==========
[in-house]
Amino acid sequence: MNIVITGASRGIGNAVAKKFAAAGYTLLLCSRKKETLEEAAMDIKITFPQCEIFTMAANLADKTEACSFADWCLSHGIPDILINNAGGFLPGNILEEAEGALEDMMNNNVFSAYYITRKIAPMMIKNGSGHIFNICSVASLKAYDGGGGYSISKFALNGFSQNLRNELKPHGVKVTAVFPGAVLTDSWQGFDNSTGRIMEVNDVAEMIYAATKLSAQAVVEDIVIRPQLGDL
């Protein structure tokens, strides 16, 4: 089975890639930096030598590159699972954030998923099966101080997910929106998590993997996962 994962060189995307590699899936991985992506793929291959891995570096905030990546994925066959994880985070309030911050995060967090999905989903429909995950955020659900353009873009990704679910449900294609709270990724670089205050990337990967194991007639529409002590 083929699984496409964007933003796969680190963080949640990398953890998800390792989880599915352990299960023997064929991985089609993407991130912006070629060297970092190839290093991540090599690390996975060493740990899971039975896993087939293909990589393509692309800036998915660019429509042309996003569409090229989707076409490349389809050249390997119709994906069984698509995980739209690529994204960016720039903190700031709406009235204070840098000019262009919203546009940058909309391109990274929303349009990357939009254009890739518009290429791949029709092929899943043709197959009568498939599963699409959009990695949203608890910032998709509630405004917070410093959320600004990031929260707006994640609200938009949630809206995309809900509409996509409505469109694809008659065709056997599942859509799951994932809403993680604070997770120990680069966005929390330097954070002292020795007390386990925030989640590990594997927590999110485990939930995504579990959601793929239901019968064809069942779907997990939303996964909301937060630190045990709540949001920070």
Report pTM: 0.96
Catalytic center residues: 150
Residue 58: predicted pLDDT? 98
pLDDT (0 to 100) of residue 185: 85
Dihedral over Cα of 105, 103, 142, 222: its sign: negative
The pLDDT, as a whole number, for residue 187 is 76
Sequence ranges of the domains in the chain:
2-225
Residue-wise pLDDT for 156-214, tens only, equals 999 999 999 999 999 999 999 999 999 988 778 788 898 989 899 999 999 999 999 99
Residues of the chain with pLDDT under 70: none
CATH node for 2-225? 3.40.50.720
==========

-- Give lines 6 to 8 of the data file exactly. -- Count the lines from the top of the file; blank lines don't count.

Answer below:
Residue 58: predicted pLDDT? 98
pLDDT (0 to 100) of residue 185: 85
Dihedral over Cα of 105, 103, 142, 222: its sign: negative